Getting tested for any disease can be incredibly overwhelming. Lyme disease is a bacterial infection that you get from a tick bite and this infection can be very serious if not treated successfully. Knowing if you should get a blood test for Lyme disease depends on whether you have been bitten by a tick as well as your symptoms.
If you have been bitten by a tick and removed that tick within twenty-four hours of being bitten then you are unlikely to have been infected. If you feel fine and no symptoms arise then over the next few days or weeks then there is probably little cause for alarm. However, if the tick was attached for some time and you begin to develop any strange flu-like symptoms, you may need to consider getting a blood test.
One of the first symptoms that occur in 60 to 80 percent of Lyme disease cases is a rash that resembles a bull’s eye. This rash is also known as an erythema migrans. The rash usually surrounds the tick bite and expands outwards, although the Lyme disease rash may reappear at locations far from the original bite site at a later date. Other symptoms include chills, unexplained fever, stiff neck, headaches, fatigue, joint pain, muscle aches, and swollen lymph nodes. As the disease progresses, you may experience arthritis in the knees or larger joints, heart and nerve problems, and even cognitive symptoms such as confusion and poor concentration.
When you have these symptoms after a tick bite, your doctor may wish to test you for Lyme disease, especially if you live in an area endemic for the infection. Lyme disease diagnoses can be tricky since there are many ways to test for the disease and the tests often result in false negatives. For your first step towards diagnosis, you must have a blood test. There are a few different blood tests that are typically used.
The enzyme-linked immunosorbent assay blood test, better known as the ELISA test, is usually the first test that is performed. This test works by finding antibodies to Borrelia burgdorferi, the Lyme disease bacteria. The accuracy of the ELISA test has been, and continues to be, the subject of some debate, but the US Centers for Disease Control maintain its usefulness as part of a two-tier testing protocol for Lyme disease. A positive ELISA will usually need to be confirmed by a Western Blot test, whereas a negative result may lead physicians to rule out Lyme disease.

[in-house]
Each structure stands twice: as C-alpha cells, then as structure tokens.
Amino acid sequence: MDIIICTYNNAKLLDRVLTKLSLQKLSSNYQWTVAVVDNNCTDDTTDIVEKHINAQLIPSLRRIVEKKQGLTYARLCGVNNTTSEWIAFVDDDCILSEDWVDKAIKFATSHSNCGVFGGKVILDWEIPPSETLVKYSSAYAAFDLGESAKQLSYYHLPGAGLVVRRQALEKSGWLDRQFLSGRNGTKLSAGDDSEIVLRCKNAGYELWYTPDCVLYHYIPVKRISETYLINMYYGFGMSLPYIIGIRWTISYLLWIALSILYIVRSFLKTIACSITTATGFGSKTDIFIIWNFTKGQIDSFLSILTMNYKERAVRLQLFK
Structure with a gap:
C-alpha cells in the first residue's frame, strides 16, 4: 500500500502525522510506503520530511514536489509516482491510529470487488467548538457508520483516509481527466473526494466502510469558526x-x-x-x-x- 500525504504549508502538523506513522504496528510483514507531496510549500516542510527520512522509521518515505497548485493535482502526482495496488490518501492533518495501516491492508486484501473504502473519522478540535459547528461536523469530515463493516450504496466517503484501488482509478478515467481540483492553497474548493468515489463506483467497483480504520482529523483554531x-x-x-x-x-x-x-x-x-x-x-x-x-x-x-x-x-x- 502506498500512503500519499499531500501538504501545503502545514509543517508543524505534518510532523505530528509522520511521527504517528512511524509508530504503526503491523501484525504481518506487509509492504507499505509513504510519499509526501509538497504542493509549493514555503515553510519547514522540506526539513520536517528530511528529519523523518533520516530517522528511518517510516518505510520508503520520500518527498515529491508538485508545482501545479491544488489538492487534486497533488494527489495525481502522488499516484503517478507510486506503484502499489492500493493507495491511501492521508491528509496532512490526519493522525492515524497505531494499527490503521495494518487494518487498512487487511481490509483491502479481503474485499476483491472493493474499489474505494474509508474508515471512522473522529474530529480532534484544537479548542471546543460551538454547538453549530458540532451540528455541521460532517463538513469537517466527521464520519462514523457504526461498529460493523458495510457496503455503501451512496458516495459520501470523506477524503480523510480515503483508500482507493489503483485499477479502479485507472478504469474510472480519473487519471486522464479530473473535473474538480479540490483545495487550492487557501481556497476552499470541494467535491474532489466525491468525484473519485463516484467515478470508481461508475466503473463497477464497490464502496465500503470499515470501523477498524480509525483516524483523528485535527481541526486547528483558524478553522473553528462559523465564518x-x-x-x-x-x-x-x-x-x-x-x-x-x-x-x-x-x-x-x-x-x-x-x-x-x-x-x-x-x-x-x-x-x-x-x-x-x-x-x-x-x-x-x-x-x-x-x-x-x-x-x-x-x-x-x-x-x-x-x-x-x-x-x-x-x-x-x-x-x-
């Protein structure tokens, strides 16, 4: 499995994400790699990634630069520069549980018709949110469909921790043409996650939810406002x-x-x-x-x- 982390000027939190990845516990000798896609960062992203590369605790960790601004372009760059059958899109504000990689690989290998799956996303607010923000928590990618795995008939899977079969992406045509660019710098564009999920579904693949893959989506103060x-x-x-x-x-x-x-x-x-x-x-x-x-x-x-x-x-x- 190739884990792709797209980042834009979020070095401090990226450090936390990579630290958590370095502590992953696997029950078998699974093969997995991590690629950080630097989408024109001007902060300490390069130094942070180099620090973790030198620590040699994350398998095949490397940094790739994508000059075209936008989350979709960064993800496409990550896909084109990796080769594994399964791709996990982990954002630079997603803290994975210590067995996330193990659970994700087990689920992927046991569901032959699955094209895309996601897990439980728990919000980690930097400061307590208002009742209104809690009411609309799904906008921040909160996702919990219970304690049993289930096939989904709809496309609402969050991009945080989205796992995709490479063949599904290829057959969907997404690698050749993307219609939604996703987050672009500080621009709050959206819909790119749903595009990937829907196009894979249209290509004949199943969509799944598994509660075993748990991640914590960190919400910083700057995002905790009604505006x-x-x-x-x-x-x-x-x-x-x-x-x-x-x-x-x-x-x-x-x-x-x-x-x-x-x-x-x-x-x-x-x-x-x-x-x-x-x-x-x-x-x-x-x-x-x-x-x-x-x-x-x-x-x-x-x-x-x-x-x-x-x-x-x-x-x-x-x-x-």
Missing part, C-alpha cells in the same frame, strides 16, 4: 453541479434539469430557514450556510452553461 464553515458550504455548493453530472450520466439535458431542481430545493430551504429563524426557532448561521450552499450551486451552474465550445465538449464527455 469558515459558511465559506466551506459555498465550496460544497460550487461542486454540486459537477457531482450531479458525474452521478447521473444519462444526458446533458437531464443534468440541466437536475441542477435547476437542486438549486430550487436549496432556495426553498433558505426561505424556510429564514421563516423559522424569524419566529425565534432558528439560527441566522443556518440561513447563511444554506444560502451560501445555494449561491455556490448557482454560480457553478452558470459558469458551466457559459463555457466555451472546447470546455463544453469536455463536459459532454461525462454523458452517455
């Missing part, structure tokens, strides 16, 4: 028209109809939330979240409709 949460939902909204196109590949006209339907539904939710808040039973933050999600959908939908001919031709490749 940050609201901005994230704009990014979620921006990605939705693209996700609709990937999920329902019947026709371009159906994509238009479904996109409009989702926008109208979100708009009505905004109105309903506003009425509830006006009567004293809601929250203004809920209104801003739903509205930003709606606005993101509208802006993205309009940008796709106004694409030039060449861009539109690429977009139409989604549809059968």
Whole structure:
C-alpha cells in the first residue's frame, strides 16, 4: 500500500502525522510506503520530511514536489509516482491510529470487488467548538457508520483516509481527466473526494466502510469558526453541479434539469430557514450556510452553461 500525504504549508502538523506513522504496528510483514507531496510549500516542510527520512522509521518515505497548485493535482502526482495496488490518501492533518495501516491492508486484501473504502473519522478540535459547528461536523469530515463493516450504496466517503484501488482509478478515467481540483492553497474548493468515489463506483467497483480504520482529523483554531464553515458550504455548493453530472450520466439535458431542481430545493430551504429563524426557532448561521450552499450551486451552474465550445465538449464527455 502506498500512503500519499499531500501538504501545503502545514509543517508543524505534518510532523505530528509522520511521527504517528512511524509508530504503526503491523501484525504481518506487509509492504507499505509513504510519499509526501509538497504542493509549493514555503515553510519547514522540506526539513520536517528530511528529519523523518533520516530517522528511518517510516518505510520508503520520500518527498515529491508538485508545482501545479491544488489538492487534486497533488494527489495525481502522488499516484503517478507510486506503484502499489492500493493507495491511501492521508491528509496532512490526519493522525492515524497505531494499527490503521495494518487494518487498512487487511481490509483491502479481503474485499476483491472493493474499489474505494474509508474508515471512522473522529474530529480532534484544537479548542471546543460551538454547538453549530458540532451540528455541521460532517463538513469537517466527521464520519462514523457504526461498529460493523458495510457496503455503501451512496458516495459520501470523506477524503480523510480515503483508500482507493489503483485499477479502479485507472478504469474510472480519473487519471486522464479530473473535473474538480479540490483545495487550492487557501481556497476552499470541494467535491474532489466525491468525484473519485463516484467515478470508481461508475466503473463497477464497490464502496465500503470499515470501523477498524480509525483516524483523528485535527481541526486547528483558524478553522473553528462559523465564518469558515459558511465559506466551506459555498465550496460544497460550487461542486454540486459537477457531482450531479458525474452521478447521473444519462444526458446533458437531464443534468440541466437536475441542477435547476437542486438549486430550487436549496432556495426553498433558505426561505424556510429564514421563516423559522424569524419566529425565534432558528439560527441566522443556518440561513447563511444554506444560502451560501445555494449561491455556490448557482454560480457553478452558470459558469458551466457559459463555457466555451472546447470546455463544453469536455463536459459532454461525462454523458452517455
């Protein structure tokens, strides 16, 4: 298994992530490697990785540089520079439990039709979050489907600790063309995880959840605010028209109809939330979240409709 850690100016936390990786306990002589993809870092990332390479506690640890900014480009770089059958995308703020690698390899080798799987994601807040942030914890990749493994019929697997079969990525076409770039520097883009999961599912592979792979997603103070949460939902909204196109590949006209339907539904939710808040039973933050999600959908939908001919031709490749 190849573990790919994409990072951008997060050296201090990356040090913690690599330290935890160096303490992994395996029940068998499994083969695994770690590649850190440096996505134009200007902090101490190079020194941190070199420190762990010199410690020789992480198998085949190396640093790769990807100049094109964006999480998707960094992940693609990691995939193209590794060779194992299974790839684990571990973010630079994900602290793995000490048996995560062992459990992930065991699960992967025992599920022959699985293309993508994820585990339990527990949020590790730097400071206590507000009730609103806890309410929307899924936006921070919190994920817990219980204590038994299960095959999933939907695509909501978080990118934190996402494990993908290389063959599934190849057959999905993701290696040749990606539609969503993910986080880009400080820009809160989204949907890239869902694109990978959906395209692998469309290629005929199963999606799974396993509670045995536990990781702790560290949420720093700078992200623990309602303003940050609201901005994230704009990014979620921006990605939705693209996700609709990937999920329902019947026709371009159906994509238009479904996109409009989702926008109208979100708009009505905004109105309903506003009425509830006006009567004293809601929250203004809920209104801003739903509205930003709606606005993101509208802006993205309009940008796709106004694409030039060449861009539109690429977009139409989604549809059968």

If you have a positive or borderline result with the ELISA test, you will usually be given the Western Blot test. This blood test detects the antibodies of the Borrelia burgdorferi. If the blood test shows a high titer of antibodies, it is likely that you have the bacteria that cause Lyme, although there have been many concerns raised over the accuracy of Western Blots for Lyme disease.
If both the ELISA and Western Blot test are inconclusive, your doctor may also perform an indirect fluorescent antibody test, or IFA. This also tests for Lyme disease bacteria antibodies in your blood.
If you do not want to have your blood tested, your doctor may agree to give you a different type of (unorthodox) test, such as a spinal tap. This is not recommended as the first step of a diagnosis, however. The spinal tap is not recommended in most cases because although it is very effective, the antibodies can be hard to find in the spinal fluid. This test is much more painful than a simple blood test and runs the risk of accidental damage to the spinal cord and/or nerves.
If you are experiencing any symptoms of this disease, it is important to see a doctor. A Lyme Literate Medical Doctor, also known as an LLMD is your best option when seeking a Lyme disease diagnosis. Your doctor will decide if a blood test to detect Lyme disease is right for you.